Denzel Washington and Gene Hackman in Crimson Tide.
Crimson Tide is a philosophical debate on war. Captain Ramsey is old school military. He takes and gives orders without question. "We're here to preserve democracy, not practice it." Lt. Commander Hunter is a new age Officer. That is to say that he is a liberal in the wrong job. Of course this is a Denzel Washington movie, so Hunter is proven to be in the right.
Hunter went to that Liberal bastion known as Harvard. Early in the movie, he questions the meaning of The United States dropping the Atom bombs on Japan. He also says,"In my humble opinion, in the nuclear world, the true enemy is war itself." What the hell is someone like him doing in the military. In the liberal world his character is a hero. Applied to real life, people who hesitate in war usually cause more casualties.
As captain and executive officer of the submarine U.S.S. Alabama, Ramsey and Hunter find themselves at odds when they receive a fragmented message right after receiving a different message that orders them to fire their nuclear warheads at Russia. Does the partial message rescind the order? A mutiny and lots of pontificating goes on as the all star cast sweat out what may or may not become a nuclear war.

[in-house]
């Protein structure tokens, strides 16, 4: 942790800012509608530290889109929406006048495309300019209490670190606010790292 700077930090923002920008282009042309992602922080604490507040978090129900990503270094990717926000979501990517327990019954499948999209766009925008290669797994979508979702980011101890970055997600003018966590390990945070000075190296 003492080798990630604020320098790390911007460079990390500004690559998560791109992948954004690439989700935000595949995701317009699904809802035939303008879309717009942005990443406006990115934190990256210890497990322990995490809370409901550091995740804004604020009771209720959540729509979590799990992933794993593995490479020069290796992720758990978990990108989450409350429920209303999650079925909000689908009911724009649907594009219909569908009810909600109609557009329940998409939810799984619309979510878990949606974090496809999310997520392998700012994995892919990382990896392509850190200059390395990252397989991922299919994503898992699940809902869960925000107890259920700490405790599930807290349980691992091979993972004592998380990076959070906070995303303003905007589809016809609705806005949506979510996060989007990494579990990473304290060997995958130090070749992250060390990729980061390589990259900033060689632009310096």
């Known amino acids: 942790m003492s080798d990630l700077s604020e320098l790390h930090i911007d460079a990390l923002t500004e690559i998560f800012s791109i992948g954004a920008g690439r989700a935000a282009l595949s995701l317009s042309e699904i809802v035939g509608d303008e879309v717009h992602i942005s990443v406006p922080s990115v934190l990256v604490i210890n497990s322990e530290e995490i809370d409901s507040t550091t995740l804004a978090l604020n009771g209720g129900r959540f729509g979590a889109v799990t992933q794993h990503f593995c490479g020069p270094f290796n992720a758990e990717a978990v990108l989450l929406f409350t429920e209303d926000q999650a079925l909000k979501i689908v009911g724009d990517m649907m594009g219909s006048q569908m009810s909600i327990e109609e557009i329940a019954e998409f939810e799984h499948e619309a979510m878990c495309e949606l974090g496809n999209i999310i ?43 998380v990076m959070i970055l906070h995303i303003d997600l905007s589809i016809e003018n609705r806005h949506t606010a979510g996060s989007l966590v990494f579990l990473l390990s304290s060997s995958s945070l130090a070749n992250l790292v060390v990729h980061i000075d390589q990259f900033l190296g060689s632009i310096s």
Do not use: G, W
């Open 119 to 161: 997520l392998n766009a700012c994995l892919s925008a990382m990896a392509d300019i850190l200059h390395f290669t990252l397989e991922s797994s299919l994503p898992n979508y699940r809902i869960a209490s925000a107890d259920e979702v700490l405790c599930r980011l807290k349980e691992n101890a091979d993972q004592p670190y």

It is not that I hated the character of Hunter, I hated the character of Ramsey. He is written as a complete stereotype, that of a military hard nosed, hard head. The only real thing that makes Hunter into a hero is Hackman's cliched captain. Just because he is old school does not mean he would so easily, and willingly, potentially start World War III. But without his one track mind, Hunter would not come across as a shining knight of liberal thought.
The only thing to take away from this movie is that the military needs to be more conscientious. It's like when John Kerry said, "I think there has been an exaggeration of the terrorist threat." In war, anyone who sees in shades of gray and not black and white is bound to lose.
Photos © Copyright Don Simpson/Jerry Bruckheimer Films (1995)